Whether Team New Zealand succeeds or fails to win the America's Cup, primary sponsor Emirates has already come out on top, according to a marketing expert.
The Dubai-based airline has been the naming rights sponsor since 2004 and a senior lecturer in marketing at Auckland University, Mike Lee, said New Zealanders would think highly of any supporter that has stuck with the team through near victories and heartbreak losses.
''Even if they were to lose I don't think it would affect Emirates because their main business isn't sailing. If anything the fact they have stuck with them [Team NZ] through thick and thin means they have built up goodwill,'' he said.
Emirates has been reluctant to talk about the sponsorship during sailing in Bermuda, but said when it renewed its sponsorship last year that its continued support of the team had allowed it to get closer to existing and potential customers in New Zealand and other countries and build awareness of the airline as a leading global brand.
Lee said the brand building had allowed Emirates to give it audience the impression it is a luxury airline associated with high end, high class sports and events.
''Team New Zealand is one of the best teams and hopefully this time they'll actually win. It's a nice way of establishing brand presence and possibly preference within New Zealand,'' he said.
''I don't think they directly thought this would lead to more sales in terms of bums on seats but it does play a critical role in its long-term brand building exercise and to that extent it has worked well.''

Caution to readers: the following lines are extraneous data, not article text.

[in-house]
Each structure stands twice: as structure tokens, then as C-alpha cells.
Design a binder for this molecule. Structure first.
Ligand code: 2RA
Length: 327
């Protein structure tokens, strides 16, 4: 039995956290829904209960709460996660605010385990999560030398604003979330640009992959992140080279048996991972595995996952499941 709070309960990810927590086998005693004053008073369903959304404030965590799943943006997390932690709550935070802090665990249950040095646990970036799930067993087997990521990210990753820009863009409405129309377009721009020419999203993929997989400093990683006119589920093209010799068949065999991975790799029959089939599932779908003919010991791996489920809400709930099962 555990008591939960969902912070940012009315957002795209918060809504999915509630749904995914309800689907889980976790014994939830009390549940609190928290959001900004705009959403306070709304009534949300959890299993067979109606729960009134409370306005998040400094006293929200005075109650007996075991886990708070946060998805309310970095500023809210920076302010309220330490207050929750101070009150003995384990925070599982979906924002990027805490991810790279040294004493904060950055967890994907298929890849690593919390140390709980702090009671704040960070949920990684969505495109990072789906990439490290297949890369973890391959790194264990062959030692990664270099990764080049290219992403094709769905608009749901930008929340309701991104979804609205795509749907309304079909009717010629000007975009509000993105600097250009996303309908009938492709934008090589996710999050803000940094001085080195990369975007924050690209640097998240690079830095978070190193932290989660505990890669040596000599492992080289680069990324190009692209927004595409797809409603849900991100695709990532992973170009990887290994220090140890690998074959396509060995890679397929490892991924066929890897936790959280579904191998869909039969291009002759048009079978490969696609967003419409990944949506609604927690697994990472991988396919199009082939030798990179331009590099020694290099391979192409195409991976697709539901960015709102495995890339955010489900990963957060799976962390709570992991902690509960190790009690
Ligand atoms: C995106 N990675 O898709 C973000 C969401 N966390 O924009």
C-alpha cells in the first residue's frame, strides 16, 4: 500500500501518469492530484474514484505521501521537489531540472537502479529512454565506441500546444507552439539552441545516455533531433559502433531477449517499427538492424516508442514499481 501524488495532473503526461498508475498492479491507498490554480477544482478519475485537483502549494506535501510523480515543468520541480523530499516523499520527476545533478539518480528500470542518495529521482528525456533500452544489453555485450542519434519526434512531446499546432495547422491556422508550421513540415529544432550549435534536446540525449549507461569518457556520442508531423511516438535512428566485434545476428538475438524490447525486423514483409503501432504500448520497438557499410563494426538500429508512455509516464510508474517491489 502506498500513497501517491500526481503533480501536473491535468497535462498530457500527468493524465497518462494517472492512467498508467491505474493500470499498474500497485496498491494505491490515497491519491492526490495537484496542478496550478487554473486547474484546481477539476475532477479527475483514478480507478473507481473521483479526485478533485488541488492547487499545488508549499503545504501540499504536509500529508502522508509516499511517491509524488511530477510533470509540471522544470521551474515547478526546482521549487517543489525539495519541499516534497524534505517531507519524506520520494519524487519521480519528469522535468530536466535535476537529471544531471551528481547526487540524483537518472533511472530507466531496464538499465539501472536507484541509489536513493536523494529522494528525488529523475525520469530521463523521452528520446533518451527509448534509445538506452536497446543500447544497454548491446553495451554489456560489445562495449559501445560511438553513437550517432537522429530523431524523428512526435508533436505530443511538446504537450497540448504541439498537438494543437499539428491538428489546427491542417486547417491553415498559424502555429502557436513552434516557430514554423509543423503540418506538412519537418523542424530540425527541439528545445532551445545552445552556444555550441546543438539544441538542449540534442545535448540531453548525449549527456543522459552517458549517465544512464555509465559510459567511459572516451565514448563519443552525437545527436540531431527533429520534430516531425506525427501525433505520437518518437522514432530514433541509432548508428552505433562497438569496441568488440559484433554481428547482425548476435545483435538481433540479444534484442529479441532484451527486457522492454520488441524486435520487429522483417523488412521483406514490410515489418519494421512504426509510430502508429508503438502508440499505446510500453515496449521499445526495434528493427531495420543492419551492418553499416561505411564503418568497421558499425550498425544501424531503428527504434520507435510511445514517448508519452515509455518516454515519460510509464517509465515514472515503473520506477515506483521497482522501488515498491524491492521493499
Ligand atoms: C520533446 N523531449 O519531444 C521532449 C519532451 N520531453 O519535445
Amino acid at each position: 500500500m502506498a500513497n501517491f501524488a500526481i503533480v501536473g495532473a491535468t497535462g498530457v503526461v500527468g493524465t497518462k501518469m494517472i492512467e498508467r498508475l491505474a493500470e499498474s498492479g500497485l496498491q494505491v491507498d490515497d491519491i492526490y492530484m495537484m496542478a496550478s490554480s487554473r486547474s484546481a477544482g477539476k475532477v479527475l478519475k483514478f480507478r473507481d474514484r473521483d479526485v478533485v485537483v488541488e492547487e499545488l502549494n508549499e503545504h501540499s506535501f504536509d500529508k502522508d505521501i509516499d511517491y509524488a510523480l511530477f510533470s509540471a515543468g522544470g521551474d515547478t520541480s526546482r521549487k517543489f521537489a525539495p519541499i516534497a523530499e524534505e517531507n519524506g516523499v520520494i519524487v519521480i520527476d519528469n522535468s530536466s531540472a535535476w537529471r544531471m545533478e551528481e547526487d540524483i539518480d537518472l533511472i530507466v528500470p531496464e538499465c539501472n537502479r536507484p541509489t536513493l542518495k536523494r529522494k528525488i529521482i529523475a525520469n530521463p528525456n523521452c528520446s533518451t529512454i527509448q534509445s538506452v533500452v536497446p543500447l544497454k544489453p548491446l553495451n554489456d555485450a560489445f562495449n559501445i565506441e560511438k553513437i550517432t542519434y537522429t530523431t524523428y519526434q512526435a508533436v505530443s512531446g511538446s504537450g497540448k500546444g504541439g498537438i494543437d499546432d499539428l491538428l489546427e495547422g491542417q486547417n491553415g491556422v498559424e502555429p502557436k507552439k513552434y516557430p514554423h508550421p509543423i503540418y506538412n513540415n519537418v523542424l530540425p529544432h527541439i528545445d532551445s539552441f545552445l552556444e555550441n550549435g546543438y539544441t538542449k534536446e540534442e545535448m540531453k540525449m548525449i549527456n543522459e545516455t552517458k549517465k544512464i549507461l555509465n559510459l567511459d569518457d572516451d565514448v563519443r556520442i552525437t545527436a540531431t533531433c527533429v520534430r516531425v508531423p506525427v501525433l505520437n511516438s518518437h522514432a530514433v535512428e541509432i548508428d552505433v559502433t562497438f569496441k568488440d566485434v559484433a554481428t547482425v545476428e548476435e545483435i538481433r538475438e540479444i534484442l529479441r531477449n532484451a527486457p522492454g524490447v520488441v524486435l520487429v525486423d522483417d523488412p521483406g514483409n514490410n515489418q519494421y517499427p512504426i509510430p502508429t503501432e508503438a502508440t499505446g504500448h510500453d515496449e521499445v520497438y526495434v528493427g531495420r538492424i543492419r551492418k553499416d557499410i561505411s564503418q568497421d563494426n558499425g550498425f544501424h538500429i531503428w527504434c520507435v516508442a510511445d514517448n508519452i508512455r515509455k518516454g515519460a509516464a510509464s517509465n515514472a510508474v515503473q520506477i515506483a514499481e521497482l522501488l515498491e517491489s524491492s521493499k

Passengers opted for airlines based on a variety of factors, including price and loyalty schemes.
Much of the drive behind Emirates' support of Team New Zealand has come from a Kiwi who holds a top role in the airline group, Gary Chapman.
Emirates started operating into Auckland in August 2003 soon after the debacle of the failed America's Cup defence here and Team New Zealand was on the ropes.
Chapman said that's when he experienced the legendary powers of persuasion that syndicate head Grant Dalton had.
''It was probably an all-time low for Team New Zealand at that stage and it was a case of building the credibility and Grant putting together a persuasive case - he's a very strong character, he knows what he wants, he's very articulate and he's very committed and passionate,'' he told the Herald in 2013.
''That's probably what convinced the promotions team at Emirates and I was able to support that given I'm from New Zealand and tried to get across the understanding that this team could go on and win the America's Cup and it was worth supporting.''